Ryan likes to disc golf and travel (of course); he spends his free time cooking and having people over for dinner. We were the lucky recipients of his most current meal: curry chicken and rice. I know for a fact, he also likes to drink. He looks kinda funny without a beard. He loves Katy Perry and wearing flip flops. And although I question his choice of footwear, he was a good neighbor and is still definitely a great friend and drinking buddy.

  Make KC Better » Public transportation. 

the tunnel


FOR THE LOVE OF KANSAS CITY
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Where are we?
It was my first time to this spot, but it wasn't a secret by any means. We saw plenty of pedestrians,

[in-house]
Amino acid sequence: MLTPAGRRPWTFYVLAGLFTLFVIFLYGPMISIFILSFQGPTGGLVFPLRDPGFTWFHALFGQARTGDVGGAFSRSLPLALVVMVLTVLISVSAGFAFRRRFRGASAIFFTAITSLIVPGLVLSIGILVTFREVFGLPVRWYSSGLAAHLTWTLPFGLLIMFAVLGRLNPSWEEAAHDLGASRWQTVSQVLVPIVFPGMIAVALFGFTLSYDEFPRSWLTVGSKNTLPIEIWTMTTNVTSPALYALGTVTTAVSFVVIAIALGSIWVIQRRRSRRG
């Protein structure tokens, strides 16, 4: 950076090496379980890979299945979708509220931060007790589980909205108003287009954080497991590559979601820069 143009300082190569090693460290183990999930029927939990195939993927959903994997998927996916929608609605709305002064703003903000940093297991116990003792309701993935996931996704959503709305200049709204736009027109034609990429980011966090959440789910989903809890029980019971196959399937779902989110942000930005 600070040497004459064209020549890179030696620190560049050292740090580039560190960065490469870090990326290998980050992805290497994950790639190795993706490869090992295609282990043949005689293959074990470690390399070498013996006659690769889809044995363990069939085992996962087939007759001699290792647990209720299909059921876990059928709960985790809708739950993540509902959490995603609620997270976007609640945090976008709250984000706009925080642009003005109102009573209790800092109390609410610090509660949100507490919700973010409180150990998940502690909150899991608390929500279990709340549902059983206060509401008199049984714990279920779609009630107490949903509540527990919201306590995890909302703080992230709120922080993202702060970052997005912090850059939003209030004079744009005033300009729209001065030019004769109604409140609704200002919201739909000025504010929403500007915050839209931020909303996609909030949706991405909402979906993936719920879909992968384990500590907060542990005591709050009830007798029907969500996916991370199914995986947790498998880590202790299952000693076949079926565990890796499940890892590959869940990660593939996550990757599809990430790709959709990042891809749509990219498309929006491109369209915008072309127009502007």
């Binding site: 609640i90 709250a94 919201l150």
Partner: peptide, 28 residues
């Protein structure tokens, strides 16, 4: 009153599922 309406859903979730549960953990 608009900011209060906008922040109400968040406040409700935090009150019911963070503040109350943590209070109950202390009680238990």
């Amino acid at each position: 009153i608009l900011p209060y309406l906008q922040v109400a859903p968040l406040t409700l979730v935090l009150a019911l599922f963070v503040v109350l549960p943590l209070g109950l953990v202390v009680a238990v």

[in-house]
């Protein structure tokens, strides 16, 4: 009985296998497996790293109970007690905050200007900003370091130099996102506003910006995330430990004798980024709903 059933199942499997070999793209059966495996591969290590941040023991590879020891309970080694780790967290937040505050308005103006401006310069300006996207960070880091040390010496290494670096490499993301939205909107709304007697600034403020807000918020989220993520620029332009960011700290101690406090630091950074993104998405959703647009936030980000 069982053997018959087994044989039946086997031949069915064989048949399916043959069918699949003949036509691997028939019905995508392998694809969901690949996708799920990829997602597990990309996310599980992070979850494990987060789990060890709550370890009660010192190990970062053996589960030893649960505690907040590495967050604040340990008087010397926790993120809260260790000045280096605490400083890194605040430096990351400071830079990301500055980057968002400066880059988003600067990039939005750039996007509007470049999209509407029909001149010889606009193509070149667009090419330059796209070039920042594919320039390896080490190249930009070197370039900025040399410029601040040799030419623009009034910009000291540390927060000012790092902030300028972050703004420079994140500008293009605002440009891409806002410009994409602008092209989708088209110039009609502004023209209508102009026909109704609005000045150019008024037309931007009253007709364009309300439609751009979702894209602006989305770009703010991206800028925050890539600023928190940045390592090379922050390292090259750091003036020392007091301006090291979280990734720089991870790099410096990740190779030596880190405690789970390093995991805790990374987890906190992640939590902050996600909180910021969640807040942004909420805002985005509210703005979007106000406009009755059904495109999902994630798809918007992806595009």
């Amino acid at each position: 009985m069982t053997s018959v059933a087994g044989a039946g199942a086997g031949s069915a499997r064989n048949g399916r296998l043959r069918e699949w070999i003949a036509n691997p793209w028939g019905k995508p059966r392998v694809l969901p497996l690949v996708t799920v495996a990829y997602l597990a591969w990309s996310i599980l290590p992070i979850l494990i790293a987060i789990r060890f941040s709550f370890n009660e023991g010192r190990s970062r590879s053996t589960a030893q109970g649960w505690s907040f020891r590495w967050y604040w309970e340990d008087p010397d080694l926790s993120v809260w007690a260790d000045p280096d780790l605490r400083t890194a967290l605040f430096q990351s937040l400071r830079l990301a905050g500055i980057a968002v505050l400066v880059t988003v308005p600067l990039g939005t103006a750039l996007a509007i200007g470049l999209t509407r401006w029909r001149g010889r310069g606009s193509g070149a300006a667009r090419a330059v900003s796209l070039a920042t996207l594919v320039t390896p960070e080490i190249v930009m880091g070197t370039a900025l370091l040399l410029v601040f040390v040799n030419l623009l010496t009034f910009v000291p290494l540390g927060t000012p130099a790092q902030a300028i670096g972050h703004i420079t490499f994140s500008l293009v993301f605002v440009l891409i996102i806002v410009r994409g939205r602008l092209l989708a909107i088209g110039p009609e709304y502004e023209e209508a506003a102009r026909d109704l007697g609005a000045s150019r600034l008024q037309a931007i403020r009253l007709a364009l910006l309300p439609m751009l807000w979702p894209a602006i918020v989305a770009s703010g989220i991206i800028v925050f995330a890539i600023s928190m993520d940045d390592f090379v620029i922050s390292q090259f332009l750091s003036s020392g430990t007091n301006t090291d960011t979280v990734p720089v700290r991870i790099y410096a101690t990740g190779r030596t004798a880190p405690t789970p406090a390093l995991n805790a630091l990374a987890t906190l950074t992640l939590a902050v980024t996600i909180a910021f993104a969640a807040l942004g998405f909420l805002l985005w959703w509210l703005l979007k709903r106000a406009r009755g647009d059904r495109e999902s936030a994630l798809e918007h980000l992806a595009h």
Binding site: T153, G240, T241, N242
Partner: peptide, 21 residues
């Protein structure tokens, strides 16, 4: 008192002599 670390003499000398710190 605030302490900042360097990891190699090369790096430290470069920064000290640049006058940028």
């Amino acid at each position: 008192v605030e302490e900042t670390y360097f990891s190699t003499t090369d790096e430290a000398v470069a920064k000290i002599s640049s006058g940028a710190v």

cyclists and city workers when were there that day. Love all the different patinas and geometry.
Leave your answer in the comments section below or
send us a message via facebook or twitter @ELoungeKC.
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This is The Town of Kansas Bridge. Everyone was super close, answering in the near vicinity.
David of The Hospitality Formula Network was exact, but since he won last time, we're spreading the love. We'd like to thank David for giving us a short history of the importance of the bridge. You can see more photos and read about it here. Erin Root answered first on facebook and beat streeturchin by five minutes. Erin, don't forget to send us your address. Thanks for playing everyone!
photos by Linh Trieu